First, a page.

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BgVV: Sources of TBT burden in man

02/2000, 13.01.2000

According to more recent analytical studies, certain clothing textiles are contaminated in some cases with impurities of tributyl tin (TBT) and other organic tin compounds. TBT levels of up to 99.1 microgram TBT per kilogram were found in textiles.

Years ago BgVV already classified tributyl tin compounds as substances associated with the risk of serious health damage in conjunction with longer exposure. Since the beginning of the 1990s TBT has no longer been used in tested wood preservatives in Germany at the instigation of the public authorities. More recently a possible effect of this substance group on the hormonal system has been discussed.

In the opinion of BgVV tributyl tin compounds should not be used in human clothing. Up to now, the residues identified in clothing did not constitute a concrete risk to health. Nevertheless, consumers are advised to ask about possible impurities prior to purchase. If he already possesses suspect textiles, the consumer is advised to wash them intensively several times over. The contamination of textiles with TBT residues can be avoided in this way.

The contamination with organic tin compounds detected in textiles has prompted BgVV to work towards stemming these sources. Besides commodities like textiles, foods are also a potential source of contamination. Foods of marine origin, in particular fish and mussels, may be contaminated through the use of TBT in antifouling agents in ship's bottom paints. BgVV points out that, at present, there are no statutory maximum levels for TBT compounds in foods. BgVV, therefore, supports the initiative of the Federal Ministry of Health to elaborate such levels as quickly as possible.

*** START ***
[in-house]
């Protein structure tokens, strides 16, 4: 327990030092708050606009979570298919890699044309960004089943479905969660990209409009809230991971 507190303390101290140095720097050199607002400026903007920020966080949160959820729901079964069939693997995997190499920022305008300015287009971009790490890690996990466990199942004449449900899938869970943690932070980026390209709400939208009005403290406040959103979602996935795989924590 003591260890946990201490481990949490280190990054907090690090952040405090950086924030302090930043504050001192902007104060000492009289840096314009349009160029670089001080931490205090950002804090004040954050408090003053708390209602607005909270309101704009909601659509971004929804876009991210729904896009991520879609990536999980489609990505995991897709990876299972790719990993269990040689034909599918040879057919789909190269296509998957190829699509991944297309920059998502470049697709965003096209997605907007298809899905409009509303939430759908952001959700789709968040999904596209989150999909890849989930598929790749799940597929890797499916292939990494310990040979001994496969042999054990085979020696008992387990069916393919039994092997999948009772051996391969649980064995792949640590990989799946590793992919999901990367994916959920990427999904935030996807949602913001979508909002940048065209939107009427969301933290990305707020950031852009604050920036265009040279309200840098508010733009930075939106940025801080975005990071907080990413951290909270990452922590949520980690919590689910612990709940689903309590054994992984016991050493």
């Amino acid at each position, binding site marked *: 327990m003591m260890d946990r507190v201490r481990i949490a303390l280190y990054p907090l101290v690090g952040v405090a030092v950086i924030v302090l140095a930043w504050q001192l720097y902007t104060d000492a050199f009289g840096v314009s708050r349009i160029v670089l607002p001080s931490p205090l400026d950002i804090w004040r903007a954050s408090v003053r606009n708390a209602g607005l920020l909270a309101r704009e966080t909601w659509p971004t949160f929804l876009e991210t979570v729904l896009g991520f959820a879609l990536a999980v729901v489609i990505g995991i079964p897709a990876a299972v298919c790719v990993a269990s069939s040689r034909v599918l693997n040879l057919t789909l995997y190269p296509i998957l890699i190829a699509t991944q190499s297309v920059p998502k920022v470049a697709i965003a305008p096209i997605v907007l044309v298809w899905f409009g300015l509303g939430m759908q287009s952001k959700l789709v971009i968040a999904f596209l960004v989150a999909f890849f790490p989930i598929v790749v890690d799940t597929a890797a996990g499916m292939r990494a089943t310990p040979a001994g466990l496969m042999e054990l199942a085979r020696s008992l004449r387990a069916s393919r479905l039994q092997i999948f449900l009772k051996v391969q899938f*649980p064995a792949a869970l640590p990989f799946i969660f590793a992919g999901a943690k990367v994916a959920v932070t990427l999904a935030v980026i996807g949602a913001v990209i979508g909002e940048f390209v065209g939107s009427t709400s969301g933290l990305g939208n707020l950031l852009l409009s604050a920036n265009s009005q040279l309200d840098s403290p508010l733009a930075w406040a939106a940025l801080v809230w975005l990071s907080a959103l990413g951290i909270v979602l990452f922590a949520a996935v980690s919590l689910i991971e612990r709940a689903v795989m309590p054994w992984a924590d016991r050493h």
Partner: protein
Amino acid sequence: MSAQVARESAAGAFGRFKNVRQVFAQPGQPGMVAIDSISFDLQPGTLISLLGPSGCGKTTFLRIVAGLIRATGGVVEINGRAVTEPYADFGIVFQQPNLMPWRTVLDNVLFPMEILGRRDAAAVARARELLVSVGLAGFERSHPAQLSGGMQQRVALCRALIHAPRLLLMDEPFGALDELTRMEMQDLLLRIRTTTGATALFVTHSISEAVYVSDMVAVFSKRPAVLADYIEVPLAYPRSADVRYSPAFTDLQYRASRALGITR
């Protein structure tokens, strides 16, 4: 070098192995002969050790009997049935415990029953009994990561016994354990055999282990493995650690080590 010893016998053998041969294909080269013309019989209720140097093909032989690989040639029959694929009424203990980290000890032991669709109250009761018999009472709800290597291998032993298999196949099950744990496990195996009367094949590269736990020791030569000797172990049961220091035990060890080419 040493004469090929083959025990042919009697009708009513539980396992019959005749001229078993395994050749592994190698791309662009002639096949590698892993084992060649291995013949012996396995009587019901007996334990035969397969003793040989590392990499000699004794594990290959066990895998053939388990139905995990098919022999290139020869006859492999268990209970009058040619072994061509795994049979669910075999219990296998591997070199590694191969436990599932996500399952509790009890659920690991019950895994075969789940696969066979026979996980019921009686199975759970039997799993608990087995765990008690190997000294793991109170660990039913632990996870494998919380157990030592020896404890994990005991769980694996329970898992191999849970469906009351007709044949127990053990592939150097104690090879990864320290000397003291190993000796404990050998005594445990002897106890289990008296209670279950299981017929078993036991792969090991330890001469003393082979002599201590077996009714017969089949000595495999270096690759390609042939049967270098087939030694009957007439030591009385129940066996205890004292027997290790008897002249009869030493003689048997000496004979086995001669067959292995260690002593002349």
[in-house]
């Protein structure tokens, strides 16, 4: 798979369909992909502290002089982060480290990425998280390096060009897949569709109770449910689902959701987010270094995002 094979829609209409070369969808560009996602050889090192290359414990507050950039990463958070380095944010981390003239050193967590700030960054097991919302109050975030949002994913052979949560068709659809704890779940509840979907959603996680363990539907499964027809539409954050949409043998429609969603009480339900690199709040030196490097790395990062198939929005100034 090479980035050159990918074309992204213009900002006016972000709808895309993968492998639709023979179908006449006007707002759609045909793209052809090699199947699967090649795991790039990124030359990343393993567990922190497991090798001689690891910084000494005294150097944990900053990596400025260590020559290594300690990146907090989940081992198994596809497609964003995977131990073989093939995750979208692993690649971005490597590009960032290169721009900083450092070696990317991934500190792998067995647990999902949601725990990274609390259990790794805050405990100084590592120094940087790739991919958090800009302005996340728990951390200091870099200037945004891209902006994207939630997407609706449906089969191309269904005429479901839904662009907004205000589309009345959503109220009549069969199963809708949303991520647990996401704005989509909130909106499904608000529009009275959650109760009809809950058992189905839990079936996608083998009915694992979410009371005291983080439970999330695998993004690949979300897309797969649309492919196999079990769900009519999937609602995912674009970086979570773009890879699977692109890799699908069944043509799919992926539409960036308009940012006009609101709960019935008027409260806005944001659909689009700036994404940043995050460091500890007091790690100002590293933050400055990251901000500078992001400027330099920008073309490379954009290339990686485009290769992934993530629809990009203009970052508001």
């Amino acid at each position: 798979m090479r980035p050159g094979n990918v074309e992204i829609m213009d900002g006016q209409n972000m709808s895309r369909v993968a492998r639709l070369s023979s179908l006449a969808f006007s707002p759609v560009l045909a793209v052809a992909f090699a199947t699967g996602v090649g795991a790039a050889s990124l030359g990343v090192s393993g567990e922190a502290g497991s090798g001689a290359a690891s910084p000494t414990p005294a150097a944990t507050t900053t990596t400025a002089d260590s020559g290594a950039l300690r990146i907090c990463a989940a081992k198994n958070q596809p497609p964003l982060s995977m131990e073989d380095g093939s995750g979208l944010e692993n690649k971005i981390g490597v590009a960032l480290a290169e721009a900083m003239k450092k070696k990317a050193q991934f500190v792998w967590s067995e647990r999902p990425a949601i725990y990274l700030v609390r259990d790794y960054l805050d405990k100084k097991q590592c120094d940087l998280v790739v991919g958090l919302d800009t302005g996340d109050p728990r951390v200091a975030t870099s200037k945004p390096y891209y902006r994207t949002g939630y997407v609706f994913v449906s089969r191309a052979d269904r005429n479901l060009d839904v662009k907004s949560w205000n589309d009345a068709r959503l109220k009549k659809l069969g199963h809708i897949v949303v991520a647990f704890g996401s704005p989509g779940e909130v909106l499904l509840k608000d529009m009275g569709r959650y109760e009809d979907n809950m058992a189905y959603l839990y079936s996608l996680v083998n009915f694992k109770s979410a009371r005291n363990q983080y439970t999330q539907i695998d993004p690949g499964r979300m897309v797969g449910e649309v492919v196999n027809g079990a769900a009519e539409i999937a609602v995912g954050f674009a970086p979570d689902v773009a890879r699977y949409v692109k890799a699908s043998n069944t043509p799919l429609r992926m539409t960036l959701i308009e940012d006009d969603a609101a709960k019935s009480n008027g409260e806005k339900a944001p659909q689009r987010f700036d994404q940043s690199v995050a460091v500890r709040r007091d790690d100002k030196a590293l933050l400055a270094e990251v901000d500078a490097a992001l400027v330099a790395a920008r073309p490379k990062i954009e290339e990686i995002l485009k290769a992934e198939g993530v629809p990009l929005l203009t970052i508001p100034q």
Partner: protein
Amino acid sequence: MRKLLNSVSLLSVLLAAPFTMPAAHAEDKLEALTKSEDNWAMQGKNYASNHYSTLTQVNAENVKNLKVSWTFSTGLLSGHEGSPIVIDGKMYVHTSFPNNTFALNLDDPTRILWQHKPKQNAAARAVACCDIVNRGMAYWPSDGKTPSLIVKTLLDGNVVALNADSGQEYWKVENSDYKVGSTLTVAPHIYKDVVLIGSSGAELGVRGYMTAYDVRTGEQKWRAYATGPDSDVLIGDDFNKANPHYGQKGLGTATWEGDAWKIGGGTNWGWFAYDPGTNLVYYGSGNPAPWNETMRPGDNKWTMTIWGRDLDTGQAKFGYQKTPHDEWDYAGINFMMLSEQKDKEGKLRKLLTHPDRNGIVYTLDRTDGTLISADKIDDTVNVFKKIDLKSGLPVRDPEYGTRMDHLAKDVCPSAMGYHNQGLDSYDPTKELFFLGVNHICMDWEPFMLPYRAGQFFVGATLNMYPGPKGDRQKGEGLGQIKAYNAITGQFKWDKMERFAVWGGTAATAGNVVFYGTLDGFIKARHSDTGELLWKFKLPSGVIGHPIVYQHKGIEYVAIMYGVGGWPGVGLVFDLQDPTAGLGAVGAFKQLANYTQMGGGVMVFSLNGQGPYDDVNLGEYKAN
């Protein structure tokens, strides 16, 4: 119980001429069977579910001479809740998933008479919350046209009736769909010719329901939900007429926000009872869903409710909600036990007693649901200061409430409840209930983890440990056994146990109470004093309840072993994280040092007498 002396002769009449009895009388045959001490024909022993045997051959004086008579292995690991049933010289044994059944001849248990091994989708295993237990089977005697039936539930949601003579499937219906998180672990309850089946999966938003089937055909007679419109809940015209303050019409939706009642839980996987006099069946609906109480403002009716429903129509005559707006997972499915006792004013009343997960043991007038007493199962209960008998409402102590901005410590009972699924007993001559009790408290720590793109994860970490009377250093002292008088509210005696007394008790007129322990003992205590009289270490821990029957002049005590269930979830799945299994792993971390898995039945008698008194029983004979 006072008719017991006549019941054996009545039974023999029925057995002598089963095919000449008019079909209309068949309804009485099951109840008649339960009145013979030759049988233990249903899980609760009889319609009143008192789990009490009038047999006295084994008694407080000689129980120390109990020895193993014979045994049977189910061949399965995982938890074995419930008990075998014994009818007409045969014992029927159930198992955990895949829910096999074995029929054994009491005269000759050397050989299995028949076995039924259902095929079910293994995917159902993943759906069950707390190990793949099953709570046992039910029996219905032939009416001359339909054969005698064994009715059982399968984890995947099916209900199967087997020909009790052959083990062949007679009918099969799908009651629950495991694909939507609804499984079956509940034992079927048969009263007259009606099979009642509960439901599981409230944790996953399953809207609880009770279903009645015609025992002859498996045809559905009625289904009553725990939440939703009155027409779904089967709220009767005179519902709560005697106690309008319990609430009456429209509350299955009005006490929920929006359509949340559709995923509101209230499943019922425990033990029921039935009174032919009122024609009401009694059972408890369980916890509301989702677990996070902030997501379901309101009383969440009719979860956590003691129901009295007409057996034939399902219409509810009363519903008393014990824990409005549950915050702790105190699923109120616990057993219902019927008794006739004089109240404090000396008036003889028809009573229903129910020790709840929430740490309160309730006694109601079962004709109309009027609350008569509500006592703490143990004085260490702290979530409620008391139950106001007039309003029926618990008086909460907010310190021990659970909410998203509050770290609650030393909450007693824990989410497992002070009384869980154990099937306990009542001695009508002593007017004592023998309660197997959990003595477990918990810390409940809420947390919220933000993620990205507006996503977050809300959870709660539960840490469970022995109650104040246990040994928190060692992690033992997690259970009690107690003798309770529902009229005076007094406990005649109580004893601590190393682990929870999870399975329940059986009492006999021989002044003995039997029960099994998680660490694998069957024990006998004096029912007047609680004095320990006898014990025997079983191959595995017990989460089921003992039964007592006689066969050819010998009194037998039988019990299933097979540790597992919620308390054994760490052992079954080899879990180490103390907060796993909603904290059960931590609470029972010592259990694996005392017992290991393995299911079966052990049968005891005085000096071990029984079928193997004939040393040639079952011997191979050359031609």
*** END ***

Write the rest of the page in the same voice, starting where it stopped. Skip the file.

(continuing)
BgVV will shortly make available a suitable analytical method for tributyl tin so that uniform methods can be used when collecting and comparing residue data in order to determine the contamination of commodities and foods.

Furthermore, BgVV believes that more extensive statutory measures are required in order to ban organic tin compounds. The reasons given for these measures will have to be scientifically backed in order to survive in the European and international arena. Thus, BgVV intends to stage a public expert hearing on the risk assessment of TBT to examine whether and, if so, from what amounts upwards TBT compounds could have an effect on the hormonal system of human beings and animals.

In the last few days, industry has been called on to submit the data available to it on the contamination of commodities and foods with TBT compounds.

The occurrence of organotin compounds in clothing textiles should trigger the examination of existing national and international provisions in order to determine whether they sufficiently guarantee that only those substances are used in consumer commodities which have been examined in respect of their health risk and found to be safe.


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